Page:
Thank you, Ted. Ted Sorensen has been counselor to a president in some of our toughest moments, and he has helped define our national purpose at pivotal turning points. Let me also welcome all of the elected officials from Illinois who are with us. Let me give a special welcome to all of the organizers and speakers who joined me to rally against going to war in Iraq five years ago. And I want to thank DePaul University and DePaul's students for hosting this event.

We come together at a time of renewal for DePaul. A new academic year has begun. Professors are learning the names of new students, and students are reminded that you actually do have to attend class. That cold is beginning to creep into the Chicago air. The season is changing.

DePaul is now filled with students who have not spent a single day on campus without the reality of a war in Iraq. Four classes have matriculated and four classes have graduated since this war began. And we are reminded that America's sons and daughters in uniform, and their families, bear the heavy burden. The wife of one soldier from Illinois wrote to me and said that her husband "feels like he's stationed in Iraq and deploys home." That's a tragic statement. And it could be echoed by families across our country who have seen loved ones deployed to tour after tour of duty.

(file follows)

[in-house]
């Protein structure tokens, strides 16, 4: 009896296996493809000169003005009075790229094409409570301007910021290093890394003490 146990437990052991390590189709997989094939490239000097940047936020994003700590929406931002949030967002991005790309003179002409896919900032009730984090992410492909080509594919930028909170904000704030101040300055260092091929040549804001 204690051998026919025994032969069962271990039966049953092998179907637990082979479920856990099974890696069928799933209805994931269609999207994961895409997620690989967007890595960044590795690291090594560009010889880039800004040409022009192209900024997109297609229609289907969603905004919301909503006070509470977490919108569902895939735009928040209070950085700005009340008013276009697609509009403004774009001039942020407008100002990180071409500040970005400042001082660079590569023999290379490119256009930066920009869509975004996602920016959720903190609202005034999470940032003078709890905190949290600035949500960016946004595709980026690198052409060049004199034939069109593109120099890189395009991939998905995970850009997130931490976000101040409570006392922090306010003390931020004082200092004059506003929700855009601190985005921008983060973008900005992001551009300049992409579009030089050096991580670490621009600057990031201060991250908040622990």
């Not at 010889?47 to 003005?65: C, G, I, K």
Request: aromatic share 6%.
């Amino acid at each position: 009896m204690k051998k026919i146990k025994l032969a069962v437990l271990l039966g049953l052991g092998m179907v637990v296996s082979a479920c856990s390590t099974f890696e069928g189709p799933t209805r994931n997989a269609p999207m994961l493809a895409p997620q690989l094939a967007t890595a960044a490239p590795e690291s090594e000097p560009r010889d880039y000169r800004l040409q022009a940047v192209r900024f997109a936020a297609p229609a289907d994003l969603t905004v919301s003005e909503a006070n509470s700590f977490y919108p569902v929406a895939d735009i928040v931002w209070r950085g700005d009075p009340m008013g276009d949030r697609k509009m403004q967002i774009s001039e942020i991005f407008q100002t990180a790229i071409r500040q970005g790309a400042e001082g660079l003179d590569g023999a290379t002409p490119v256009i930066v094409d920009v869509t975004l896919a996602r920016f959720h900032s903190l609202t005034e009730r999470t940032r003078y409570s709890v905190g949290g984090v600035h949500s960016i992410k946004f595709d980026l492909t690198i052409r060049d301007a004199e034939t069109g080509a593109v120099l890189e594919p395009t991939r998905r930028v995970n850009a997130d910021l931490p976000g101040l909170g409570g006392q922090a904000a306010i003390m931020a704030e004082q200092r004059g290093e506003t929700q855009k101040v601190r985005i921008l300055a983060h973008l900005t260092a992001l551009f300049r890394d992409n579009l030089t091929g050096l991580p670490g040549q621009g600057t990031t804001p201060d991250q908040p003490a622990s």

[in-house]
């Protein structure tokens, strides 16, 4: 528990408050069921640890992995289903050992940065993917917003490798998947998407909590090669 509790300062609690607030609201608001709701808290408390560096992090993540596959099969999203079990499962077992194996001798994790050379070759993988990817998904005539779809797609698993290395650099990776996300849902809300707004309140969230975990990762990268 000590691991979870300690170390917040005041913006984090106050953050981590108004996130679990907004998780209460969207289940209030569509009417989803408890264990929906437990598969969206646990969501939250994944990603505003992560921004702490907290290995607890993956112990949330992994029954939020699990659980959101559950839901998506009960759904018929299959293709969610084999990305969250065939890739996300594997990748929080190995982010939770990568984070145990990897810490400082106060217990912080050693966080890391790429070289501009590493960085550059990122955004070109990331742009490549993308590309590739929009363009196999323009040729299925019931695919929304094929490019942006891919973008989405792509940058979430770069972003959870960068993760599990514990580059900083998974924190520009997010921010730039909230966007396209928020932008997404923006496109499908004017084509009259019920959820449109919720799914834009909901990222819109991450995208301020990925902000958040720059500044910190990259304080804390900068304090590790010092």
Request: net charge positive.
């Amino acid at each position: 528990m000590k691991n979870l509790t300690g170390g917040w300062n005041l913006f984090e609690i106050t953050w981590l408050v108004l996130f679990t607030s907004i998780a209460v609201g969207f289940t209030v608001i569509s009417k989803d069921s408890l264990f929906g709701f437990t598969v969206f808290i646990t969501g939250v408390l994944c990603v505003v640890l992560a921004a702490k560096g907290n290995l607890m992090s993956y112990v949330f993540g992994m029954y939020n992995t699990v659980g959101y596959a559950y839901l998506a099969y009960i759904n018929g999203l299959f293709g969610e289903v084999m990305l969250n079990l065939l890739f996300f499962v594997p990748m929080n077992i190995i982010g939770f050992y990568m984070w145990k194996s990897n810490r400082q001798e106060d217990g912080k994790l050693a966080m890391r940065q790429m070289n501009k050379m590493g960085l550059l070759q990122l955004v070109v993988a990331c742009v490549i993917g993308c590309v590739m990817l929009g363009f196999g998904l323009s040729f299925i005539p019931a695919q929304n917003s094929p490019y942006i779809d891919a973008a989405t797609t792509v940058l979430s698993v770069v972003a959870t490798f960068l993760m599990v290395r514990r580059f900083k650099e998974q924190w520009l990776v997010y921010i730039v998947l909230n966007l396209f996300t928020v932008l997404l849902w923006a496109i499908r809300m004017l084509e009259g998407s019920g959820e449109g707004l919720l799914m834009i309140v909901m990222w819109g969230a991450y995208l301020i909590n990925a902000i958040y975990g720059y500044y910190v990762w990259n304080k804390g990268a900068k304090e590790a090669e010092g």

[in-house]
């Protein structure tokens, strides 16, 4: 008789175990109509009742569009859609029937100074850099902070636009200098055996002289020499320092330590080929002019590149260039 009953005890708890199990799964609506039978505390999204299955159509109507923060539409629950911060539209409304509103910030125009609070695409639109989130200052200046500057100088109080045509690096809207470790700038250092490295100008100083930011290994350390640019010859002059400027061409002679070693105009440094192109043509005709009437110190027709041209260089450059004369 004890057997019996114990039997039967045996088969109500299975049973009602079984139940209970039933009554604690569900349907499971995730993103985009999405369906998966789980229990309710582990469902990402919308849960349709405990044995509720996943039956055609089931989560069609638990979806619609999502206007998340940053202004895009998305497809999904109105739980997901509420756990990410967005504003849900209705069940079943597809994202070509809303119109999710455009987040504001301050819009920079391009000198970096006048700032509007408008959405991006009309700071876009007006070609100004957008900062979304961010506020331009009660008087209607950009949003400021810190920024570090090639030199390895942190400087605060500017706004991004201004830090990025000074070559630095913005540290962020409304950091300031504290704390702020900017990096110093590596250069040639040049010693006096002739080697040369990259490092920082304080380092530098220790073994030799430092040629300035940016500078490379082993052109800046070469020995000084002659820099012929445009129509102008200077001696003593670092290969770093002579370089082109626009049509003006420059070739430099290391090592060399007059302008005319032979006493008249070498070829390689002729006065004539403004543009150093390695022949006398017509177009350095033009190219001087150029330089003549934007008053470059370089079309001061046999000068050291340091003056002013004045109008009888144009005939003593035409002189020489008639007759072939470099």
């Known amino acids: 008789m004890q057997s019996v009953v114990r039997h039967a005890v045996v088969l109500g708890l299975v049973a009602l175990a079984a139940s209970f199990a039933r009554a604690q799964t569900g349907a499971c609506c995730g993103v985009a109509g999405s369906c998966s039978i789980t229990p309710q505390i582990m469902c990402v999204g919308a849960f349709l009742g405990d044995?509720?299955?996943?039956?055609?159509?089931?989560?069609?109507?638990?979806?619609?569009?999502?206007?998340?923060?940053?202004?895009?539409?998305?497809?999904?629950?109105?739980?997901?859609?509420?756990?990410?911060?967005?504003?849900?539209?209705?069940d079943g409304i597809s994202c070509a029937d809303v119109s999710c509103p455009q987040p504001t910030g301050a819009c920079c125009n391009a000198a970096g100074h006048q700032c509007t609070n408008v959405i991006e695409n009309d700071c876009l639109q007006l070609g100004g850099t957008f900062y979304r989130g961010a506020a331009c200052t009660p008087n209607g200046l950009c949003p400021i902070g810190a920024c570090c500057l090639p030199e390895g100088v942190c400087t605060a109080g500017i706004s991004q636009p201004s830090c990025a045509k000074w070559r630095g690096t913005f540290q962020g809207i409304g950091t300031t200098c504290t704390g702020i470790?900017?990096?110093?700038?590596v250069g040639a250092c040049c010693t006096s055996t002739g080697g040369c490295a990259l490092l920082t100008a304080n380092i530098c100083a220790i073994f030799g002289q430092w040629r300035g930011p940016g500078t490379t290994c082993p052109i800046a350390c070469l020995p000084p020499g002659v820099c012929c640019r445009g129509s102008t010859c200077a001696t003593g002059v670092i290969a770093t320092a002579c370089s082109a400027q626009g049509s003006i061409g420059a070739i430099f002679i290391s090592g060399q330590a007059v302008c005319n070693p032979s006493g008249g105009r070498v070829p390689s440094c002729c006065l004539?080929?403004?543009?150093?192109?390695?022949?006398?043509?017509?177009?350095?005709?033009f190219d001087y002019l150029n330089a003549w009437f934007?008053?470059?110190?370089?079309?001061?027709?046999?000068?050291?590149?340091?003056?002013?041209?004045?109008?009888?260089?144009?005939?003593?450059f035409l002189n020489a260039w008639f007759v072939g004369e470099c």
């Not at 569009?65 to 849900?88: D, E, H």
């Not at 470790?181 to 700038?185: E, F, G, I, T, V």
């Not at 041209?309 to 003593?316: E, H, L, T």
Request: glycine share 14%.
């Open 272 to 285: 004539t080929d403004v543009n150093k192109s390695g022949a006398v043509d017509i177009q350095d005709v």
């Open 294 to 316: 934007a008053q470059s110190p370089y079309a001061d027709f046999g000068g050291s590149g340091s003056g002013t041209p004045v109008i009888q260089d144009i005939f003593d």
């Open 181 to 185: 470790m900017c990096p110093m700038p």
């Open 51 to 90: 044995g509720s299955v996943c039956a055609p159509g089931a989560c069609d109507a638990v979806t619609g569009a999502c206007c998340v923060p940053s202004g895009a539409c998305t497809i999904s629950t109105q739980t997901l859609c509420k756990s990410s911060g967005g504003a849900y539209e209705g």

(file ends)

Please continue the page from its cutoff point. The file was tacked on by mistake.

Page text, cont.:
You are students. And the great responsibility of students is to question the world around you, to question things that don't add up. With Iraq, we must ask the question: How did we go so wrong?

There are those who offer up easy answers. They will assert that Iraq is George Bush's war, it's all his fault. Or that Iraq was botched by the arrogance and incompetence of Donald Rumsfeld and Dick Cheney. Or that we would have gotten Iraq right if we went in with more troops, or if we had a different proconsul instead of Paul Bremer, or if only there were a stronger Iraqi prime minister.

These are the easy answers. And like most easy answers, they are partially true. But they don't tell the whole truth, because they overlook a harder and more fundamental truth. The hard truth is that the war in Iraq is not about a catalog of many mistakes -– it is about one big mistake. The war in Iraq should never have been fought.

Five years ago today, I was asked to speak at a rally against going to war in Iraq. The vote to authorize the war in Congress was less than 10 days away and I was a candidate for the United States Senate. Some friends of mine advised me to keep quiet. Going to war in Iraq, they pointed out, was popular. All the other major candidates were supporting the war at the time. If the war goes well, they said, you'll have thrown your political career away.